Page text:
As I glanced around me the word novice (I was racing in the second novice heat) did not spring to mind as I knew a few of the riders and novice is not what they are, they may not do much cyclocross but there were some kick ass MTBers alongside me. My kids had kindly stencilled The Snail From Wales on my back which had seemed like a good idea the night before but I now realised I was identifiable and opening myself up to public ridicule and humiliation. My mind was a whir of questions, am I in the right gear, am I going to crash straight away and if not how many times, would I be able to get round the course, will I be able to calm down, how am I going to ride over wet, muddy off camber cobbles, how much beer should I drink while riding etc etc. Beep the whistle blew and we were off……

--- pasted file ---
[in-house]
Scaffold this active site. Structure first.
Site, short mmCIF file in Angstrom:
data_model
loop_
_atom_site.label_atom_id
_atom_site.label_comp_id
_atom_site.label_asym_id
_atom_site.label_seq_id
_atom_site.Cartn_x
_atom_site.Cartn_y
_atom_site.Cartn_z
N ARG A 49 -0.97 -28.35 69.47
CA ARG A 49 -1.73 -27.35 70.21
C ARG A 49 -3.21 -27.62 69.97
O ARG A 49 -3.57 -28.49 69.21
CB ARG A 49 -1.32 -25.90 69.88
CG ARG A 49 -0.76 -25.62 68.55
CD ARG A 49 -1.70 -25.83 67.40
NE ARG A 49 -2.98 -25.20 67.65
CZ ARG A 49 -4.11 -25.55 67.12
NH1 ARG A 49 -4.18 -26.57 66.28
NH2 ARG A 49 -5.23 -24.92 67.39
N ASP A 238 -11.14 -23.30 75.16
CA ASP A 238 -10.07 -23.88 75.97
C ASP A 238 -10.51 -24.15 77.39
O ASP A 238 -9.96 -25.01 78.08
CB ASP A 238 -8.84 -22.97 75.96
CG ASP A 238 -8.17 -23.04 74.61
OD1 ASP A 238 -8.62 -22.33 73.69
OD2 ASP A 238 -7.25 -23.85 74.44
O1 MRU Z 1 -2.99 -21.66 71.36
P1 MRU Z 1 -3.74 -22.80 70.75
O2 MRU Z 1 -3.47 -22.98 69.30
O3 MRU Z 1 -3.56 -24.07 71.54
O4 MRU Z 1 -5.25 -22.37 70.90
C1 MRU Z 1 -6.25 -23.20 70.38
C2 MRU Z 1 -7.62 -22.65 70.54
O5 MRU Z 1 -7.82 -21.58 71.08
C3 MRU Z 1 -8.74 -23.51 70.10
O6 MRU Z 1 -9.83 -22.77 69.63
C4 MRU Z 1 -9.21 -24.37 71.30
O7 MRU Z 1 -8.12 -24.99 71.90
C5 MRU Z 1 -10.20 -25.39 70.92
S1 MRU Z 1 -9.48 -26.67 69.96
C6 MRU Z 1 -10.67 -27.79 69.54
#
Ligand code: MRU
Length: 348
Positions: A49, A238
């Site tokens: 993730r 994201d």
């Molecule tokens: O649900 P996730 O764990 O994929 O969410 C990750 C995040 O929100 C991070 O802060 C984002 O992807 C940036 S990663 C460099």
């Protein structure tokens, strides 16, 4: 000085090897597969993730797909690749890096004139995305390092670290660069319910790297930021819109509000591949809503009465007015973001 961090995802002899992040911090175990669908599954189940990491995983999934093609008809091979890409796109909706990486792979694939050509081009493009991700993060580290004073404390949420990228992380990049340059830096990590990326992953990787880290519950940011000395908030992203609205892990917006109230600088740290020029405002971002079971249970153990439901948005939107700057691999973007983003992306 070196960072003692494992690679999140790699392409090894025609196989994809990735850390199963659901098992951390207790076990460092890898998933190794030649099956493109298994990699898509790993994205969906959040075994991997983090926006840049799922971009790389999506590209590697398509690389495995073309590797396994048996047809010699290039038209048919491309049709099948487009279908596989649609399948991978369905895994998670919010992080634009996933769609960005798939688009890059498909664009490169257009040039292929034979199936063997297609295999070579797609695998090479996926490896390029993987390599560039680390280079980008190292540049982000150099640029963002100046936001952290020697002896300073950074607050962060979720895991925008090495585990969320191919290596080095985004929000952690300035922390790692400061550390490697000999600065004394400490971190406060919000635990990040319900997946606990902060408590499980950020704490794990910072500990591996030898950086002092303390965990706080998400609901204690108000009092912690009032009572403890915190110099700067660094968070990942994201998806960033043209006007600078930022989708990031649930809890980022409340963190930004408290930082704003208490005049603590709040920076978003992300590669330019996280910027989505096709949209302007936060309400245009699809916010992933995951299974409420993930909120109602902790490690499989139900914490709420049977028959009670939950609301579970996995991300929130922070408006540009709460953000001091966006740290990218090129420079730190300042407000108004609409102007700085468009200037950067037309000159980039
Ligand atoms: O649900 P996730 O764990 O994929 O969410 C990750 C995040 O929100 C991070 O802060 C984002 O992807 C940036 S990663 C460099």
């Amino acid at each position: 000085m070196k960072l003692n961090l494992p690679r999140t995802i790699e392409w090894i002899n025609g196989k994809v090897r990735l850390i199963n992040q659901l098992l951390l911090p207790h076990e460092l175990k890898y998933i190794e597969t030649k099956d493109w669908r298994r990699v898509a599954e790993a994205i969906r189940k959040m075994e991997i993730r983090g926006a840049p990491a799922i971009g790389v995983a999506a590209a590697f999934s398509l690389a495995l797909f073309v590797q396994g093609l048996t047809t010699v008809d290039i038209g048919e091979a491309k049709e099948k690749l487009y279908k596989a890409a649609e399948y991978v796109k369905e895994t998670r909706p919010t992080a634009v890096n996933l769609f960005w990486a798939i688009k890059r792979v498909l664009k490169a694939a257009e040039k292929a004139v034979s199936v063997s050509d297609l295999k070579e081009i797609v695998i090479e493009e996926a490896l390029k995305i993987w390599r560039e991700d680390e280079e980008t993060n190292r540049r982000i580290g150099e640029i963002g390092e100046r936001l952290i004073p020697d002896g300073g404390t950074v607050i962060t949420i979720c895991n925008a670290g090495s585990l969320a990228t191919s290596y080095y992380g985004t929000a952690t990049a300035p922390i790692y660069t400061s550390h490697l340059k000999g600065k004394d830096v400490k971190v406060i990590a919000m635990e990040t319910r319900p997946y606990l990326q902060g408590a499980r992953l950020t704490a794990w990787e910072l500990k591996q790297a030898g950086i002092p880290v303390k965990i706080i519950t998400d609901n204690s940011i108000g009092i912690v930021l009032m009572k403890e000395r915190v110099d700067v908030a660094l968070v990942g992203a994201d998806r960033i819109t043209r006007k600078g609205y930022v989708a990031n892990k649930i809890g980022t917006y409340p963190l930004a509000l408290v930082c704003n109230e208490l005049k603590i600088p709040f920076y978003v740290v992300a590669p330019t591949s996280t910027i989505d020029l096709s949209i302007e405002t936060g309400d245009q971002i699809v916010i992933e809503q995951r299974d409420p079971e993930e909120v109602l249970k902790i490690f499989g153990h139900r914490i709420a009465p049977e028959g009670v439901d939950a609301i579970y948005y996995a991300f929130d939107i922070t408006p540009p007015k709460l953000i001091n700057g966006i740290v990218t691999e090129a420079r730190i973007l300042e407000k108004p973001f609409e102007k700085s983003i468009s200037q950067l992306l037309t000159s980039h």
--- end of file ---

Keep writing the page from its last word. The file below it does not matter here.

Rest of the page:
I got away cleanly, clipped in pedalled and surged (well moved vaguely steadily forward) up the slope, cameras flashing before sweeping right through the gates and into the arena which felt like going into the lions den. I hadn’t really considered people watching before but there I was riding into an area with spectators watching, I could here cheering and cowbells clanking and music blaring as we turned left and headed uphill on cobbles before hitting the sandpit, which proved much harder to ride through than I’d have thought. Once through it was onto the vortex, a large spiral that you made your way into the middle of through ever decreasing circles before a tight turn and then working your way back out. Each circle you were traversing the slope up and down, primarily off camber. I didn’t actually mind the uphill bits but the downhill bits put the fear of god into me I just thought there is no way I’m going to get off these cobbles without crashing but somehow I got out of the vortex. Uphill again briefly before a sharp right hand turn, downhill under a scaffolding bridge then onto the mud, a couple of 180 degree turns and I’m still upright and then I’m faced with 6 or 7 steps. I unclip, grab bike and haul myself up to find myself on the stage behind the DJ with a smoke machine billowing in my face. I was totally unclear about what to do so I pushed the bike across the stage then saw the way off, a steep ramp (made a note in my head that next lap get back on the bike as soon as I get on the stage to make riding down the ramp easier) which I looked at and gulped. I have a fear of pointing downhill steepily but I thought I’ve just got to go for it, stay of the brakes and see what happens. Down the slope, still on the bike and a sharp muddy turn, off a kerb onto the cobbles again for a short sharp sprint toward the bridge which I was determined to get over up up up and over gasping for breath now down the other side, no mishaps phew and back onto the cobbles, turn right downhill to be assaulted by a crafty marksman with a water pistol, overshooting a bit turn right again and then BEER. The novice race has a beer stop where, should you wish to accept, the lovely people of Dark Star Brewery Company hand you a cheeky beverage. Feeling cocky at this stage I grab one and try to drink it while riding, decided after spilling a bit that that approach was a waste of good beer and that I would stop next lap (which I then did each lap generally shouting beer please as I came round the corner to which the reply was “Your wish is our command”). Back onto the mud for a few more tight turns before off onto the cobbles for a short sharp climb up toward the sandpit. One lap completed! 4 and half minutes of mind bending pain and exhilaration.